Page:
Capacity is Presumed for EVERY Adult! POA’s only make decisions where there is EVIDENCE of incapacity!

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There are 91 sections in the Substitute Decisions Act, 1992. If you can only remember one, then please remember the very beginning!

Presumption of capacity

(1) A person who is eighteen years of age or more is presumed to be capable of entering into a contract.  1992, c. 30, s. 2 (1).


(2) A person who is sixteen years of age or more is presumed to be capable of giving or refusing consent in connection with his or her own personal care.  1992, c. 30, s. 2 (2).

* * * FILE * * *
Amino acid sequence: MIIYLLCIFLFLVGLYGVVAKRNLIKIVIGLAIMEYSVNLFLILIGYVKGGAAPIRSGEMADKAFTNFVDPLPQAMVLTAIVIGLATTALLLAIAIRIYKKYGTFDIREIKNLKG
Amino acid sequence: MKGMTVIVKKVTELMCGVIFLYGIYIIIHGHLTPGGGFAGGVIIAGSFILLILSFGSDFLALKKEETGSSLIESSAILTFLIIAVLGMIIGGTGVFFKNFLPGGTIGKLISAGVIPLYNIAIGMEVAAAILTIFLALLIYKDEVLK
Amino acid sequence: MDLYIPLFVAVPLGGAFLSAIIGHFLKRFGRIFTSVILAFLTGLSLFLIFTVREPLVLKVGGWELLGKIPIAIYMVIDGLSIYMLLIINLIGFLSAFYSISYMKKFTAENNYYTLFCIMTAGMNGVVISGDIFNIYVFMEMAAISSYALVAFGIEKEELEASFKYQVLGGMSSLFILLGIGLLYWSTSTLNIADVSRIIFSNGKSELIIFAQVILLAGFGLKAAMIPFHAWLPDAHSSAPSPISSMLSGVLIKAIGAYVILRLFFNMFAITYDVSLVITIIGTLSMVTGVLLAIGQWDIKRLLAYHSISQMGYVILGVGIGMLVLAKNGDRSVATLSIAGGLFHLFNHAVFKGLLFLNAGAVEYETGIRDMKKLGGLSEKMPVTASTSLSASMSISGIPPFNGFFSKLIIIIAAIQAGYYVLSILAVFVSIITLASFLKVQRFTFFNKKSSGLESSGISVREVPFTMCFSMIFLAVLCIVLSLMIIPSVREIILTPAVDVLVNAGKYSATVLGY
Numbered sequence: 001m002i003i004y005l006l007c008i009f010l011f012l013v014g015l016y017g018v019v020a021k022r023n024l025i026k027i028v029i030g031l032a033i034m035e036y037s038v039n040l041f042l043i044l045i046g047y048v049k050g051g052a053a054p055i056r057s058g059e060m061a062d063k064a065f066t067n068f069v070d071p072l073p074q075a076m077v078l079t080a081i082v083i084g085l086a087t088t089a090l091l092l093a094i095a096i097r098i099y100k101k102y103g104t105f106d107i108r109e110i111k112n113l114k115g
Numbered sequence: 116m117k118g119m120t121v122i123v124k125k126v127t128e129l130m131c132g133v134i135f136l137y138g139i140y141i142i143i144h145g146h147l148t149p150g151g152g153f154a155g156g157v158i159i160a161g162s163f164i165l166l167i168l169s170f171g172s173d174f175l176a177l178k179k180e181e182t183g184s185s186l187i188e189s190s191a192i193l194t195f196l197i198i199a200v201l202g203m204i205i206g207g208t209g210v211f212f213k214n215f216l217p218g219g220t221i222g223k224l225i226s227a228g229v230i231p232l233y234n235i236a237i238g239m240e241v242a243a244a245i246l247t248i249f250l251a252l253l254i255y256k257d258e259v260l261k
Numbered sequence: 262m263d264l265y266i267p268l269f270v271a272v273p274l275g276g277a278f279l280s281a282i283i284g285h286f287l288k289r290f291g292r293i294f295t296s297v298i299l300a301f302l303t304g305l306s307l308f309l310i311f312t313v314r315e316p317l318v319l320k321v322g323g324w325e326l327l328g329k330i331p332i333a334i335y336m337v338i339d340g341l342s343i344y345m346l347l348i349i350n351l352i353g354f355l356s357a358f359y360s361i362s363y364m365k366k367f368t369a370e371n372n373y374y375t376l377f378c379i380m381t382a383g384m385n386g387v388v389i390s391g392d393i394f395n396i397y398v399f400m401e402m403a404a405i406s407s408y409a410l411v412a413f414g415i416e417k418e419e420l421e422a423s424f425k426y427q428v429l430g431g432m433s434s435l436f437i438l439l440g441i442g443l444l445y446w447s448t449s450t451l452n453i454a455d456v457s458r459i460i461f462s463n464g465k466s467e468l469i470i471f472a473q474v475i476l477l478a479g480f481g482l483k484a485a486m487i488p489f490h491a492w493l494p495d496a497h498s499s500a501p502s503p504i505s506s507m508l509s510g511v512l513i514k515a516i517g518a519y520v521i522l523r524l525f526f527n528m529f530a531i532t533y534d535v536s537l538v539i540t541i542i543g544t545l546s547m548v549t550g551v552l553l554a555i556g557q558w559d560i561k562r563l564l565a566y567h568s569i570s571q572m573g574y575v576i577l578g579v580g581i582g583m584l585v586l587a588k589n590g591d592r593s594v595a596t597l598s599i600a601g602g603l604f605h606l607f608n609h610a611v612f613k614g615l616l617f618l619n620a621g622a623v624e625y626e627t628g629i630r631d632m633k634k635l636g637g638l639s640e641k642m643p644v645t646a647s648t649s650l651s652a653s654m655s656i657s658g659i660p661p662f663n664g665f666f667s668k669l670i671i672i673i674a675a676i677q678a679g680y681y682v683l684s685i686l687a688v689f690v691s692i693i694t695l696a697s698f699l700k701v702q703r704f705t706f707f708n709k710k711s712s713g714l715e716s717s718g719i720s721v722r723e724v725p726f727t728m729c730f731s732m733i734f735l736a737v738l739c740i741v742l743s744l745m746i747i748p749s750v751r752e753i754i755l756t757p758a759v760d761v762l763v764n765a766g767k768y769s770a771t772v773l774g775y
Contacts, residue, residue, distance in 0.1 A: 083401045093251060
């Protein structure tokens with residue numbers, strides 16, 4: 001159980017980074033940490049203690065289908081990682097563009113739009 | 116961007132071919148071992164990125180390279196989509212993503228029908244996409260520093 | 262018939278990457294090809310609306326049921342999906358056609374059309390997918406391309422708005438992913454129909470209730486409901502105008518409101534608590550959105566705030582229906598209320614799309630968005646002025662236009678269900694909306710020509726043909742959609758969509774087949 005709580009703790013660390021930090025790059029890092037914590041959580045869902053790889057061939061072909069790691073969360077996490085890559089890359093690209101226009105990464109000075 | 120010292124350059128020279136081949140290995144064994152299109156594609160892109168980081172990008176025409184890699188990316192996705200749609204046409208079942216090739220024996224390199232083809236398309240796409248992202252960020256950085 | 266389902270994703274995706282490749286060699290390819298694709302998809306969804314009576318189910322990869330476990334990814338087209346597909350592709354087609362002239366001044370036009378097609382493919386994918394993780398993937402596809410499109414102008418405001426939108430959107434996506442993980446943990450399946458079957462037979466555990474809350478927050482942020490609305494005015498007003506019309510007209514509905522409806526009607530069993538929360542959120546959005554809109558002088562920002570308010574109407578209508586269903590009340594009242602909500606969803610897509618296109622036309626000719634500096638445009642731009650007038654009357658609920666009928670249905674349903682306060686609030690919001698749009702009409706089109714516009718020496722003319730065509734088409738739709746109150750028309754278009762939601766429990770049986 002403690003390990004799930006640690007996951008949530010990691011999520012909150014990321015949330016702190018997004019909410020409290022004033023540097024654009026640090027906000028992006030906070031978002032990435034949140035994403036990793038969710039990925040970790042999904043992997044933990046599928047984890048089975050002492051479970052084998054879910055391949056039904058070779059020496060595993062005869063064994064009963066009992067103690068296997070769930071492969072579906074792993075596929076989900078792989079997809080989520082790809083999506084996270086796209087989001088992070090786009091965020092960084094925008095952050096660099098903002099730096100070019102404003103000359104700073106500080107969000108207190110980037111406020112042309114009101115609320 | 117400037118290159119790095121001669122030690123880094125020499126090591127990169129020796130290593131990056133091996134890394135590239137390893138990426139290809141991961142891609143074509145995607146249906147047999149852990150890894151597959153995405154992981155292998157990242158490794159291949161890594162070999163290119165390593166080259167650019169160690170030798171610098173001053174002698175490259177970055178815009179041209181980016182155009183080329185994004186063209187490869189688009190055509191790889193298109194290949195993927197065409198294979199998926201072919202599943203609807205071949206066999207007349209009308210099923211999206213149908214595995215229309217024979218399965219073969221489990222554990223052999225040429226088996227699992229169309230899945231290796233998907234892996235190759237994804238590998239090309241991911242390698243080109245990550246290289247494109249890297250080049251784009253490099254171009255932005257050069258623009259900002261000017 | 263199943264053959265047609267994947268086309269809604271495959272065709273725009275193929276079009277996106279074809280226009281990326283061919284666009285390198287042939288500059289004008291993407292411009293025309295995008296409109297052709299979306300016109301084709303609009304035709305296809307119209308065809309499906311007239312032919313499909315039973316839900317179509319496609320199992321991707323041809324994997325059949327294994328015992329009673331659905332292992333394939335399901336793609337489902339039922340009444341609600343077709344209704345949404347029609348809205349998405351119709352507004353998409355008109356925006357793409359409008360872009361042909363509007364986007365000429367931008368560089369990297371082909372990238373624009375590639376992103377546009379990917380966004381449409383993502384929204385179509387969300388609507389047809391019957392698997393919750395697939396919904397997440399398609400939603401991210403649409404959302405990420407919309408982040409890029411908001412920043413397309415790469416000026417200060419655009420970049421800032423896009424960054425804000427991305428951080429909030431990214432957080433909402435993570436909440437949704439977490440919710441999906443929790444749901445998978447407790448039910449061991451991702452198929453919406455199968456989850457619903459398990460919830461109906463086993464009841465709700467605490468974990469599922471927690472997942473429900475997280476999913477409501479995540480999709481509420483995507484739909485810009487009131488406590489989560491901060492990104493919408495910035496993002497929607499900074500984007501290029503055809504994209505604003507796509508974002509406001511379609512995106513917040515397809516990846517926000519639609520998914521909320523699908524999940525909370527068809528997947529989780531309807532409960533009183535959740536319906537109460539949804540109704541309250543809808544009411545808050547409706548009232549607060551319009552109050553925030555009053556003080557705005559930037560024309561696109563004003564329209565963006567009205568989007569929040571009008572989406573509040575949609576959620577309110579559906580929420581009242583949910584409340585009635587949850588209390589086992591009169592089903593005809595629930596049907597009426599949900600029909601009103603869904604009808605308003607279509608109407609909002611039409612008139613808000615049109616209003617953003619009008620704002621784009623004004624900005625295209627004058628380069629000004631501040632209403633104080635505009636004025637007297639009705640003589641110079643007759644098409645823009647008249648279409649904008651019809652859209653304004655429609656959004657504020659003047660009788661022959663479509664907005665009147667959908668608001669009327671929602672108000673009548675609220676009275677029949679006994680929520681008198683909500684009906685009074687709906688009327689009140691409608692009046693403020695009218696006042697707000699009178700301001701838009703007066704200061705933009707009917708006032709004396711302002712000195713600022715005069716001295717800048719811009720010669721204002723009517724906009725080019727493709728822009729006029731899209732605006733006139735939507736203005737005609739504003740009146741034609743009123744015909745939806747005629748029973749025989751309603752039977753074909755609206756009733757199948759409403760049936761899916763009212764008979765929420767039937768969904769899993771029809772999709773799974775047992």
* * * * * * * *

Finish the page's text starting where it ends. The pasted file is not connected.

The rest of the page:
(3) A person is entitled to rely upon the presumption of capacity with respect to another person unless he or she has reasonable grounds to believe that the other person is incapable of entering into the contract or of giving or refusing consent, as the case may be.  1992, c. 30, s. 2 (3).

Please remember – A POA is ONLY allowed to make a decision IF there is time and decision specific evidence that the person lacks mental capacity to understand or appreciate the decision at hand. Every adult, including seniors, adults with disabilities or those living with mental health issues – every adult – is presumed to be capable of making their own decisions! Do not violate any person’s rights by skipping directly to a POA. Evidence of incapacity must be documented and communicated.

“Don’t worry – the Power of Dad still trumps the Power of Attorney.”